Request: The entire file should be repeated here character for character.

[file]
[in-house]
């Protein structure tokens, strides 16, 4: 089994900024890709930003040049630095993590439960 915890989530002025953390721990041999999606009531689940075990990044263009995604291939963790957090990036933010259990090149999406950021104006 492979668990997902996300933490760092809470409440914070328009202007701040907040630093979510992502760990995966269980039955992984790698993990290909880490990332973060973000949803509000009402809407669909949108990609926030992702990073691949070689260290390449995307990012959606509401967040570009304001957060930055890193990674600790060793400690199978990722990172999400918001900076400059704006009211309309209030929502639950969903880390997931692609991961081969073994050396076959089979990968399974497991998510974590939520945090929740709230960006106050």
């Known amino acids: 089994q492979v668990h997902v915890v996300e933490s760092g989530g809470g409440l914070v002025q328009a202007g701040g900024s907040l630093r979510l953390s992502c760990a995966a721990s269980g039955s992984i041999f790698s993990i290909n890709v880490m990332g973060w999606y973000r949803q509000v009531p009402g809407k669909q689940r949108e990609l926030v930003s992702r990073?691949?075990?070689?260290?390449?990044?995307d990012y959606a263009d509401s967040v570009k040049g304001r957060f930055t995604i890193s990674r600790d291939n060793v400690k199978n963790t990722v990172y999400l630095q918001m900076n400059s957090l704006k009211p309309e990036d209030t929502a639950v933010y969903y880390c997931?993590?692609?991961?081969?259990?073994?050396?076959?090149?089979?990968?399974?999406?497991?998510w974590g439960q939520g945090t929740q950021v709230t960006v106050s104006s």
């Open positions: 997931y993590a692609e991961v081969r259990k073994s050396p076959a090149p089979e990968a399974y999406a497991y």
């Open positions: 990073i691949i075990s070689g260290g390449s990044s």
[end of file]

[in-house]
């Protein structure tokens, strides 16, 4: 089994900024890709930003040049630095993590439960 915890989530002025953390721990041999999606009531689940075990990044263009995604291939963790957090990036933010259990090149999406950021104006 492979668990997902996300933490760092809470409440914070328009202007701040907040630093979510992502760990995966269980039955992984790698993990290909880490990332973060973000949803509000009402809407669909949108990609926030992702990073691949070689260290390449995307990012959606509401967040570009304001957060930055890193990674600790060793400690199978990722990172999400918001900076400059704006009211309309209030929502639950969903880390997931692609991961081969073994050396076959089979990968399974497991998510974590939520945090929740709230960006106050």
């Known amino acids: 089994q492979v668990h997902v915890v996300e933490s760092g989530g809470g409440l914070v002025q328009a202007g701040g900024s907040l630093r979510l953390s992502c760990a995966a721990s269980g039955s992984i041999f790698s993990i290909n890709v880490m990332g973060w999606y973000r949803q509000v009531p009402g809407k669909q689940r949108e990609l926030v930003s992702r990073?691949?075990?070689?260290?390449?990044?995307d990012y959606a263009d509401s967040v570009k040049g304001r957060f930055t995604i890193s990674r600790d291939n060793v400690k199978n963790t990722v990172y999400l630095q918001m900076n400059s957090l704006k009211p309309e990036d209030t929502a639950v933010y969903y880390c997931?993590?692609?991961?081969?259990?073994?050396?076959?090149?089979?990968?399974?999406?497991?998510w974590g439960q939520g945090t929740q950021v709230t960006v106050s104006s």
């Open positions: 997931y993590a692609e991961v081969r259990k073994s050396p076959a090149p089979e990968a399974y999406a497991y």
């Open positions: 990073i691949i075990s070689g260290g390449s990044s």